AVON – Stephen Shearin believes his company is evolving the marijuana industry by creating a vending machine for pot and pot products.
"It's extremely cool this is the first one," Shearin said.
Shearin is the chief operating officer for Tranzbyte, a company that owns American Green. American Green is the manufacturer of a vending machine called the ZaZZZ, which starts by verifying a person's age through their driver's license.
"They would swipe their driver's license at which point multiple cameras would allow us to use some advanced biometrics to make absolutely certain that the person who swiped the card is the owner of that card," Shearin said.
The ZaZZZ machine could contain marijuana, pot edibles, and other pot-related products. But, it will not be located in the open public.
"These are designed at this point legally to go inside dispensaries," Shearin said.
He compares the machines to automated express checkouts at the grocery store. He says the point of vending machine is help business move fasters inside marijuana dispensaries.
Greg Honan is the owner of Herbal Elements, a dispensary in Eagle-Vail. His store will be the first to house the ZaZZZ vending machine. Honan says the pot vending machine actually makes his product more secure.
"You can really stack inventory in a safe manner in a concentrated area," Honan said.
He says the products sold inside will all be tracked by radio frequency identification chips.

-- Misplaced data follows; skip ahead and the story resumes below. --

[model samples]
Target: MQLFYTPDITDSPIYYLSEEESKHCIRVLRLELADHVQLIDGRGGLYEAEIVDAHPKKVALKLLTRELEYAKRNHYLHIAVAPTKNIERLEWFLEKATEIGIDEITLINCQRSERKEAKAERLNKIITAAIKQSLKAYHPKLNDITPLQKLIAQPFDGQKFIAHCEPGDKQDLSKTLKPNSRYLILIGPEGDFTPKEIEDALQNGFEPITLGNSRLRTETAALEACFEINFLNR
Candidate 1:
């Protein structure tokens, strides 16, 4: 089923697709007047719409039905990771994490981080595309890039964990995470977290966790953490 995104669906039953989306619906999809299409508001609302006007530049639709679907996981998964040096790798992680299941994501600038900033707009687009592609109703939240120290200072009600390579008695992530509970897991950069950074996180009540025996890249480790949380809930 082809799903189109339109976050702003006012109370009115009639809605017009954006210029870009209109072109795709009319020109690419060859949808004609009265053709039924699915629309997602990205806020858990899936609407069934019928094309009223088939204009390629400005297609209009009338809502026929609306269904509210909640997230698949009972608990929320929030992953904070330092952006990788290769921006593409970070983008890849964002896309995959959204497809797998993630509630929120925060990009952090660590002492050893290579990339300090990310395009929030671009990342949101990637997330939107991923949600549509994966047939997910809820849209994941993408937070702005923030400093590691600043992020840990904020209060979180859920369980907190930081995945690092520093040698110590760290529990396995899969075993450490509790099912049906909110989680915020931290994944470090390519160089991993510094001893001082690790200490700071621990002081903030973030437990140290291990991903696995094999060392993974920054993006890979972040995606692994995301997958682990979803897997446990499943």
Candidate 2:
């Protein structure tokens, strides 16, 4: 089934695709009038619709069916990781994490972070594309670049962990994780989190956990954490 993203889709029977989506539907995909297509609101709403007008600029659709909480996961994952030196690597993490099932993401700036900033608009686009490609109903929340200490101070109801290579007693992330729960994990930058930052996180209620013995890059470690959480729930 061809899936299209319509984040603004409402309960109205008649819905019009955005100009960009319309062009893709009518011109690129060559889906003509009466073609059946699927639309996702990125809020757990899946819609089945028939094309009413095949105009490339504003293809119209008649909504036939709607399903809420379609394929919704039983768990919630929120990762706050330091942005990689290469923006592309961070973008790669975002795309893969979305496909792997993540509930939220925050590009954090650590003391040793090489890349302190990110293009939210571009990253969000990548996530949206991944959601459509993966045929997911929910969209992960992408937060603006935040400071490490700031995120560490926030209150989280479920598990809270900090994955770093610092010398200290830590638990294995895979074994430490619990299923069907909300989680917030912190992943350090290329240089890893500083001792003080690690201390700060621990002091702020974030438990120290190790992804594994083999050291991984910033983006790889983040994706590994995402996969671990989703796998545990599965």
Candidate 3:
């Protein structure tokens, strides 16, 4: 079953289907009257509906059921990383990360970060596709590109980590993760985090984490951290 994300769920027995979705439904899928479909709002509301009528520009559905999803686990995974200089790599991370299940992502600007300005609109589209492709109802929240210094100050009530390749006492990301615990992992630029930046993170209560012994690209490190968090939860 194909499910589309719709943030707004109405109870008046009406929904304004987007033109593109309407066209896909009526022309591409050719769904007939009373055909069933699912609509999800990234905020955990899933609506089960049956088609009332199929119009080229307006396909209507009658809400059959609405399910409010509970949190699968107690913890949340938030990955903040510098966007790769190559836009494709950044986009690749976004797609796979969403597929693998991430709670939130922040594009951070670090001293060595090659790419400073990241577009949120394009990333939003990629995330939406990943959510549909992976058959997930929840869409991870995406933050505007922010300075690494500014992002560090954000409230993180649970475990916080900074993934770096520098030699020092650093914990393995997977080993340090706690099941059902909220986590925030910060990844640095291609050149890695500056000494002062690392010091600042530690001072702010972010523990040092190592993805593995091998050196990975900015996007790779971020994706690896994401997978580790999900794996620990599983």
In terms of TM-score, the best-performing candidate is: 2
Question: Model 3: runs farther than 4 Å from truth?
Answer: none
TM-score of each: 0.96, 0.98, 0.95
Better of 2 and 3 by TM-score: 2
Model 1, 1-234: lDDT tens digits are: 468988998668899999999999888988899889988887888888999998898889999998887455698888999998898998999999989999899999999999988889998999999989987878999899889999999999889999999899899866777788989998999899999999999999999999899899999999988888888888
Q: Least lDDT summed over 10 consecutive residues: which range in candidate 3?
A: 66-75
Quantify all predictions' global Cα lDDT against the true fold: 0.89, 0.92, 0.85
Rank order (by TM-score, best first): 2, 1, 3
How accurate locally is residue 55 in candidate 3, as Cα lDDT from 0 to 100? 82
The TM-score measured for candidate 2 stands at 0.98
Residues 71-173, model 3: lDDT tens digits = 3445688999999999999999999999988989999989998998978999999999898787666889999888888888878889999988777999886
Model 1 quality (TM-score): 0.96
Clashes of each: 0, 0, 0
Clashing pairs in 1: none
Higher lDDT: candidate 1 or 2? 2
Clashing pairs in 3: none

"This takes a little pressure off of the people monitoring the medicine area so they don't have to look over shoulders. You can fit a lot more choices in a small area," Honan said. "There's no theft issue, There's no product disappearing."
Since the machines will be located inside dispensaries with a necessary driver's license verification, Shearin says people do not have to worry about marijuana getting into the wrong hands.
"I'm a father of a 12-year-old daughter and I wouldn't want her having access to it, so we paid close attention to that," Shearin said.
The vending machine was unveiled in Avon to the company's investors who travelled from around the country to see it take pictures with the Zazzz.
"Almost like it's a part of history," Jerry Skinner, an investor from Massachusetts, said. "If it works out, it could be a big thing."
Right now, the vending machine will not be in the open public, but Shearin says that could change.
"As time and laws evolve, who knows where it will be," Shearin said. "At that point, we'll have higher security. But, at this point, it's not something we have to address because versions one, two will never be in the town square."